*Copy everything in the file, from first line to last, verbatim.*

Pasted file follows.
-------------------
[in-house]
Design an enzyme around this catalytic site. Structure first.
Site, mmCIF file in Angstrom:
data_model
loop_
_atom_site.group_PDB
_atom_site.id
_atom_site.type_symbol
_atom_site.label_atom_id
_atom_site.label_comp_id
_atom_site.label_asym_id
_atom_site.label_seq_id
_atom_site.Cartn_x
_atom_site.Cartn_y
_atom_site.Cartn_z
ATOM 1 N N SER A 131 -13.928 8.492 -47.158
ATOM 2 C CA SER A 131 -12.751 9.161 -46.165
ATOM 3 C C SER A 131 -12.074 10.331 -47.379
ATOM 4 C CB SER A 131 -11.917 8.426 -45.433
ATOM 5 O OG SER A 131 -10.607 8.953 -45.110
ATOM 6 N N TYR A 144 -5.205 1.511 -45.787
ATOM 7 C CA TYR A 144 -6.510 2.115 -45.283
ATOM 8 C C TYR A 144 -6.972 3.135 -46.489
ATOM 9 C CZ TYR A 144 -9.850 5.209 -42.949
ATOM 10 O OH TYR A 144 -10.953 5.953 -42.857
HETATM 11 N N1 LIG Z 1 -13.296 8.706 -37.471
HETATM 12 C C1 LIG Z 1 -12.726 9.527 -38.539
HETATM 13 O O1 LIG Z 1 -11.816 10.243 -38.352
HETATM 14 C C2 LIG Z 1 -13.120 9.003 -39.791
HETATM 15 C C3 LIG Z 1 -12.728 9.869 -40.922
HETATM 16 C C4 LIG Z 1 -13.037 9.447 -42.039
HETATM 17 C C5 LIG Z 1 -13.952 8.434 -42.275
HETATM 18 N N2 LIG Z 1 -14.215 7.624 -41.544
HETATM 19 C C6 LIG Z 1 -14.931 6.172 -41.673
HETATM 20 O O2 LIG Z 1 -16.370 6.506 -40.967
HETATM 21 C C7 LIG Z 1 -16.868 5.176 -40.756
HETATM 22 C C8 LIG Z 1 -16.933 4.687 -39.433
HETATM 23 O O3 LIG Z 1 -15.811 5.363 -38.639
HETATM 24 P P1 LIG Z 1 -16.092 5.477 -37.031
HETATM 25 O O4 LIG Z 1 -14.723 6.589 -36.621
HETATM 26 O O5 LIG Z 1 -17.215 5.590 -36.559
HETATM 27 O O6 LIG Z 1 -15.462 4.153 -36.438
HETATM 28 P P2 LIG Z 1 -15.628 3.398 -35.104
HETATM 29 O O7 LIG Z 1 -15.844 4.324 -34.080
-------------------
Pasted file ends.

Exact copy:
[in-house]
Design an enzyme around this catalytic site. Structure first.
Site, mmCIF file in Angstrom:
data_model
loop_
_atom_site.group_PDB
_atom_site.id
_atom_site.type_symbol
_atom_site.label_atom_id
_atom_site.label_comp_id
_atom_site.label_asym_id
_atom_site.label_seq_id
_atom_site.Cartn_x
_atom_site.Cartn_y
_atom_site.Cartn_z
ATOM 1 N N SER A 131 -13.928 8.492 -47.158
ATOM 2 C CA SER A 131 -12.751 9.161 -46.165
ATOM 3 C C SER A 131 -12.074 10.331 -47.379
ATOM 4 C CB SER A 131 -11.917 8.426 -45.433
ATOM 5 O OG SER A 131 -10.607 8.953 -45.110
ATOM 6 N N TYR A 144 -5.205 1.511 -45.787
ATOM 7 C CA TYR A 144 -6.510 2.115 -45.283
ATOM 8 C C TYR A 144 -6.972 3.135 -46.489
ATOM 9 C CZ TYR A 144 -9.850 5.209 -42.949
ATOM 10 O OH TYR A 144 -10.953 5.953 -42.857
HETATM 11 N N1 LIG Z 1 -13.296 8.706 -37.471
HETATM 12 C C1 LIG Z 1 -12.726 9.527 -38.539
HETATM 13 O O1 LIG Z 1 -11.816 10.243 -38.352
HETATM 14 C C2 LIG Z 1 -13.120 9.003 -39.791
HETATM 15 C C3 LIG Z 1 -12.728 9.869 -40.922
HETATM 16 C C4 LIG Z 1 -13.037 9.447 -42.039
HETATM 17 C C5 LIG Z 1 -13.952 8.434 -42.275
HETATM 18 N N2 LIG Z 1 -14.215 7.624 -41.544
HETATM 19 C C6 LIG Z 1 -14.931 6.172 -41.673
HETATM 20 O O2 LIG Z 1 -16.370 6.506 -40.967
HETATM 21 C C7 LIG Z 1 -16.868 5.176 -40.756
HETATM 22 C C8 LIG Z 1 -16.933 4.687 -39.433
HETATM 23 O O3 LIG Z 1 -15.811 5.363 -38.639
HETATM 24 P P1 LIG Z 1 -16.092 5.477 -37.031
HETATM 25 O O4 LIG Z 1 -14.723 6.589 -36.621
HETATM 26 O O5 LIG Z 1 -17.215 5.590 -36.559
HETATM 27 O O6 LIG Z 1 -15.462 4.153 -36.438
HETATM 28 P P2 LIG Z 1 -15.628 3.398 -35.104
HETATM 29 O O7 LIG Z 1 -15.844 4.324 -34.080